A note about the sinc function as a solution to a differential equation

The (infamous , or famous , take your pick) sinc function is known to be one of two solutions of the differential equation:

This is a linear second order ordinary differential equation with dependent variable x and independent variable y.
I have tried to explore and find the solutions to this differential equation using mostly computer math software and programs.

The Texas Instruments 92 Plus scientific calculator and the Maple computer algebra system agree and give the same solution :

Mathematica gives the following solution:

After converting the exponentials to trigonometric functions the expression above and the solution of the differential equation given by Mathematica becomes:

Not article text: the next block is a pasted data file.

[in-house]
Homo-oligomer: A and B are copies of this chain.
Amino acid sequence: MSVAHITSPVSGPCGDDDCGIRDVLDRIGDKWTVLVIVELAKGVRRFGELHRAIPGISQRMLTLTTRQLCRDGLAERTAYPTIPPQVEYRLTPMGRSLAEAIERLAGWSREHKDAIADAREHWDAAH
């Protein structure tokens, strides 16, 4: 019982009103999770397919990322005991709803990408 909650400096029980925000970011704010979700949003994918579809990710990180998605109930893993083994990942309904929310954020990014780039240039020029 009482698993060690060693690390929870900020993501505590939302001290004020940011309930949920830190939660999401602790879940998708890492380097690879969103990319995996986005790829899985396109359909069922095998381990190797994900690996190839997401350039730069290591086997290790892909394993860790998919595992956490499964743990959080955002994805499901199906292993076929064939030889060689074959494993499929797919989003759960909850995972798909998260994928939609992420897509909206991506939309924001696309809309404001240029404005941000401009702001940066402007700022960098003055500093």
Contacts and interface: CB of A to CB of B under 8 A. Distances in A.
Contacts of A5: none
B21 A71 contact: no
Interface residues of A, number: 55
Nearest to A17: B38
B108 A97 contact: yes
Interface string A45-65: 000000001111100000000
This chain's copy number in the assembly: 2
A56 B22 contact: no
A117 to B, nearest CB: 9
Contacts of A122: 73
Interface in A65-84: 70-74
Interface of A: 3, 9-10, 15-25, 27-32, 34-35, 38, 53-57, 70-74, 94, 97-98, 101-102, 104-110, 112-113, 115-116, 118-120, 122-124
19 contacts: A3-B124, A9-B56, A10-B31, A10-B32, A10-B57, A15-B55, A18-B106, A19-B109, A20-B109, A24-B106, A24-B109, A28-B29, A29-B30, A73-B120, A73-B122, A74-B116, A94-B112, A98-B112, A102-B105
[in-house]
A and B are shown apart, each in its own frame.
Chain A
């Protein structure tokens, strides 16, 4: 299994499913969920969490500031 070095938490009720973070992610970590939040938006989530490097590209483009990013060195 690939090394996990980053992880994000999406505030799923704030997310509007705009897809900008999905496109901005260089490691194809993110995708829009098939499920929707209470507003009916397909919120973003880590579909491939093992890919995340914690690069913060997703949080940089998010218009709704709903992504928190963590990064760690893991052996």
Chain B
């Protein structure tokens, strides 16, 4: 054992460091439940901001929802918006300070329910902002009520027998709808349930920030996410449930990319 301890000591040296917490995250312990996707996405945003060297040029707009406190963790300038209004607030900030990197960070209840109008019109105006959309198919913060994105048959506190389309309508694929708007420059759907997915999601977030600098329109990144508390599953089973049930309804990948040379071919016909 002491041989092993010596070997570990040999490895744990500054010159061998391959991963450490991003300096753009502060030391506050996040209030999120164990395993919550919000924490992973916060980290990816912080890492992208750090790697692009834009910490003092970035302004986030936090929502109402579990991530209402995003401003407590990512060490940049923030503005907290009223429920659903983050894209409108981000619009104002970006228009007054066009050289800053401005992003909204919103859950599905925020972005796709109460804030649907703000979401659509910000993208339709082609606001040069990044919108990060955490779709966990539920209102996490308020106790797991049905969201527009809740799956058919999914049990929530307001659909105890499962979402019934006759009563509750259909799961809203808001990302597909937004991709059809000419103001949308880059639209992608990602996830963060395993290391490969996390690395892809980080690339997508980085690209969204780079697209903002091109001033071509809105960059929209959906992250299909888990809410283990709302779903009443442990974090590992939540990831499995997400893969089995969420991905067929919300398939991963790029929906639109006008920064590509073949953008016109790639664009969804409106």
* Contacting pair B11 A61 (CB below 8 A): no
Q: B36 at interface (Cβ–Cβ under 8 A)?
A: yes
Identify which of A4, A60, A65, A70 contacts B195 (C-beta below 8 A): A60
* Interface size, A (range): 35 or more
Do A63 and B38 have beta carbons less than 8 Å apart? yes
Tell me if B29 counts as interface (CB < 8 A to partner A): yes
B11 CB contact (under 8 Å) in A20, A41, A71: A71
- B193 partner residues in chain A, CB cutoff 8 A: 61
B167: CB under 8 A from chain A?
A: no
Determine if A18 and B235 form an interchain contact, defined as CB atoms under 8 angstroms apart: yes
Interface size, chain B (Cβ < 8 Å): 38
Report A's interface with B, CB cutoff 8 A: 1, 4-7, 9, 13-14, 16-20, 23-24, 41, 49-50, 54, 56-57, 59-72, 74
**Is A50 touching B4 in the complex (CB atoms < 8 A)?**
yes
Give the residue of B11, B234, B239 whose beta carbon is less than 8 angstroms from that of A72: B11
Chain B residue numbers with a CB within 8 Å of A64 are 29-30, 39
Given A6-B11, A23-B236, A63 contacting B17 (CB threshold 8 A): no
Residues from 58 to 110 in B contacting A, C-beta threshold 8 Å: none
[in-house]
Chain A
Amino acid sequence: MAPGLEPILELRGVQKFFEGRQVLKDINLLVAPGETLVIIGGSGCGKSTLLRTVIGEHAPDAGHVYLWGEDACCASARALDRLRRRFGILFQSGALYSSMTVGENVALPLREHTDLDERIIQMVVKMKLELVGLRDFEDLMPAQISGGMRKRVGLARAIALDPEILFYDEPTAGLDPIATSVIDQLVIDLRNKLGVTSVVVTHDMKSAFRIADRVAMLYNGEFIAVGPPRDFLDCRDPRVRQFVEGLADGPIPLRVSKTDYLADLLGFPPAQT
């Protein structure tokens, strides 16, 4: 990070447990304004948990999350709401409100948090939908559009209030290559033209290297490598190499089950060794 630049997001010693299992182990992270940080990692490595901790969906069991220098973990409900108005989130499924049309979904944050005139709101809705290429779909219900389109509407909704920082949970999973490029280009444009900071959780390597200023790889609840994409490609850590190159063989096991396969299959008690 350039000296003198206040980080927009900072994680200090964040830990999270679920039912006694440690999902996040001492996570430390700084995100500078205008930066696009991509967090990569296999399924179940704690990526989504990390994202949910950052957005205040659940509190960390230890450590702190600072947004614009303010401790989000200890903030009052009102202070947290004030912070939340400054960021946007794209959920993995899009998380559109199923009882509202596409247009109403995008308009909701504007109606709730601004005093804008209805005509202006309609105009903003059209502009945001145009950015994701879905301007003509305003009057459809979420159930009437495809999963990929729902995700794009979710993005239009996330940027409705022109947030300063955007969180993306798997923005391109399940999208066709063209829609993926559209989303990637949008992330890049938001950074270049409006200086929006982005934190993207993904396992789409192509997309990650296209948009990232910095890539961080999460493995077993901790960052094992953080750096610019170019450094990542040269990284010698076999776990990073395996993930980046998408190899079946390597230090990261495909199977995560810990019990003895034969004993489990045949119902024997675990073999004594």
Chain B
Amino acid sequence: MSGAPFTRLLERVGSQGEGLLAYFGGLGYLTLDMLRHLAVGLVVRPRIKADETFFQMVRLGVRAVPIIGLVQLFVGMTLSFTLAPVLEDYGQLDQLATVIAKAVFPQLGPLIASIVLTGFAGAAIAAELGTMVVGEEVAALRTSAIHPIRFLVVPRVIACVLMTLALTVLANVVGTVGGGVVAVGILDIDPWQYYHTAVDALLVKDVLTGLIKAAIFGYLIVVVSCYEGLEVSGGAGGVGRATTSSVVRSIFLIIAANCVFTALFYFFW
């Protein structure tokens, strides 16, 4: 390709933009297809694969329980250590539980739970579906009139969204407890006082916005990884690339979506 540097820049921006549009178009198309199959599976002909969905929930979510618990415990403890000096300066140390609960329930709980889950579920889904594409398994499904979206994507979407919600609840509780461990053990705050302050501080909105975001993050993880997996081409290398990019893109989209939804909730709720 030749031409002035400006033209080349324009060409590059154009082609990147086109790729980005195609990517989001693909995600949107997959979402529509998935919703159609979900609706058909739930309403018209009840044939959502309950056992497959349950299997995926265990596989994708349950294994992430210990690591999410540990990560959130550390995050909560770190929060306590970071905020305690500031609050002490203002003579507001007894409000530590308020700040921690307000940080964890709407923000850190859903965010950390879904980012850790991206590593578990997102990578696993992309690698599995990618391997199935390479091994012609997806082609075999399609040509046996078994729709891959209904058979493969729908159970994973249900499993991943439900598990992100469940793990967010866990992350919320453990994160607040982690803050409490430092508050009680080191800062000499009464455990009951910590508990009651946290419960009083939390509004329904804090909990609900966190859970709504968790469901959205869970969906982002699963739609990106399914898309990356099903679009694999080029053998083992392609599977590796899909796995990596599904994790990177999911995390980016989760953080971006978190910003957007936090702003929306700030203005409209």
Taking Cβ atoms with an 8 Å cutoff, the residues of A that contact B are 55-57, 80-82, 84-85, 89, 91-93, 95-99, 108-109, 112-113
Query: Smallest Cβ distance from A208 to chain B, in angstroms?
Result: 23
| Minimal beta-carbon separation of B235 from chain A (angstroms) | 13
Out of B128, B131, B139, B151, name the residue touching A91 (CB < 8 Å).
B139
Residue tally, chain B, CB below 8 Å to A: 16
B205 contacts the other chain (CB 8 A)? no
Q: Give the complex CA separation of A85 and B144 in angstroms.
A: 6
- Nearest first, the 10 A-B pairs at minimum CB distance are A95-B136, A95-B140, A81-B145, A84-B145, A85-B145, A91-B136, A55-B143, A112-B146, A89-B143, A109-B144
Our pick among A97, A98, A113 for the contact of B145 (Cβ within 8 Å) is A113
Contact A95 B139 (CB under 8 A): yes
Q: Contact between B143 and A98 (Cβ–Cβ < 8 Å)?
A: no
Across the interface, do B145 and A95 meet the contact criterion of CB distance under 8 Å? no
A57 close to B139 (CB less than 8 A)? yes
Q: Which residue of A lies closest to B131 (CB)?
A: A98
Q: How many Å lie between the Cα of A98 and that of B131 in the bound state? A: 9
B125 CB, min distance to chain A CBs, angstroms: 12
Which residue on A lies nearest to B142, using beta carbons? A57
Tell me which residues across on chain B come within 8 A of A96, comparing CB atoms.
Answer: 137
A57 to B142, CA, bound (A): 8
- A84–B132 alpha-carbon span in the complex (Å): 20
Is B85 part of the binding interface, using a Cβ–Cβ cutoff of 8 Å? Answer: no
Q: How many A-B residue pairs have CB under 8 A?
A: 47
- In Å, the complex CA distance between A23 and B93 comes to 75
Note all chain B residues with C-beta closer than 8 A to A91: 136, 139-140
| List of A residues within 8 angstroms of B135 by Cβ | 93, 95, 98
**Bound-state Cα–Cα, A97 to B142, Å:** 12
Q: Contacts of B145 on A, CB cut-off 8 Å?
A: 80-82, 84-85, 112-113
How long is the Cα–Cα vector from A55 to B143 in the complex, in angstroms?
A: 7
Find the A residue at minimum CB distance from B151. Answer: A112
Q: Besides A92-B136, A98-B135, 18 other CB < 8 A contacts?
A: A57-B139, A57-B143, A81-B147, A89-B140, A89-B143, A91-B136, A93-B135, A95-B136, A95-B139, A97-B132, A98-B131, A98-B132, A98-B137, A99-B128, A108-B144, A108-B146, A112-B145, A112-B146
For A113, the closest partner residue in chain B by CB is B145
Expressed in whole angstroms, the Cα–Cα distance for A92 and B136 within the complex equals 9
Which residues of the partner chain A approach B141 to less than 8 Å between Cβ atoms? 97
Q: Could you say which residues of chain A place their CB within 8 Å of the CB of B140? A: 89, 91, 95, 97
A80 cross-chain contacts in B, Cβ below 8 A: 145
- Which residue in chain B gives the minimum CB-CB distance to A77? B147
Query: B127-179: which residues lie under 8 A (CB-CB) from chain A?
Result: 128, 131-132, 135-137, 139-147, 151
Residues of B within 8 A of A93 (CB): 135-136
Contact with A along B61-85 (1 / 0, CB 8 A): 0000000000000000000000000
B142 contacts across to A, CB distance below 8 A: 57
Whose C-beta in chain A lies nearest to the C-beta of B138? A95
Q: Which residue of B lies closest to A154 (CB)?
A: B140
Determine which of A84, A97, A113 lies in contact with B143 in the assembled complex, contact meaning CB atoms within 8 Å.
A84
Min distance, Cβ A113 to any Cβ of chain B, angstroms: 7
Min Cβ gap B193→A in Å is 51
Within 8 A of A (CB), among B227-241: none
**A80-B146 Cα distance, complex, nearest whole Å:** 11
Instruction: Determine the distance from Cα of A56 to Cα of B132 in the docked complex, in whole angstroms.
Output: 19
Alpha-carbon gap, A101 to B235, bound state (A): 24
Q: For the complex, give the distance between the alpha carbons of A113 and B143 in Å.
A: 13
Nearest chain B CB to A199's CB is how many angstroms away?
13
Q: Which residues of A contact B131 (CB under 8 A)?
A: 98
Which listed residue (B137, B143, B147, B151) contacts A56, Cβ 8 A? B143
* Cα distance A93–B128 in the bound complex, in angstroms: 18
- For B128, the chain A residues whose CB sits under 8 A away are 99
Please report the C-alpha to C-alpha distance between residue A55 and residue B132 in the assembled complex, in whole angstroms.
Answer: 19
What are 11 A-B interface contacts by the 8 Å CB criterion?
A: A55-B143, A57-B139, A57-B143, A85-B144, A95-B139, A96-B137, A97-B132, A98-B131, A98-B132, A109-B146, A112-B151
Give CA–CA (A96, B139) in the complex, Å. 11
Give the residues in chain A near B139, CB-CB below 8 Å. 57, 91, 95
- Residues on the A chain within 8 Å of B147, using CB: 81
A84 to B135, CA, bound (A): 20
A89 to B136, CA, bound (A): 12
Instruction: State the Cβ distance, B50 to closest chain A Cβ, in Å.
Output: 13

This solution is less simple than (1). Note that if we make the assumption in Mathematica that λ > 0 ,we get the solution:

If we try to find the graphical representation of solution (1) for different values of the arbitrary constants c1 and c2 and with λ (or n ) between -3 and 3 ,we get the following graphs:

Then I tried to take the absolute value of λ in the numerator of (2) for different values of the arbitrary constants , and compared their graphs  with the graphs of solution (1) for the same values of the constants. λ in (2) and n in (1) are between 1 and 4.

The graphical results are similar but not exactly the same.

Using the Manipulate built-in function in Mathematica , here is an animation of the graphs for solution (1) obtained by varying λ , c1 and c2:

Finally , I will give the solution of a generalized form of the differential equation above

obtained with Mathematica :

In the solution above , Jμ(x) is the Bessel function of the first kind , and Yμ(x) is the Bessel function of the second kind.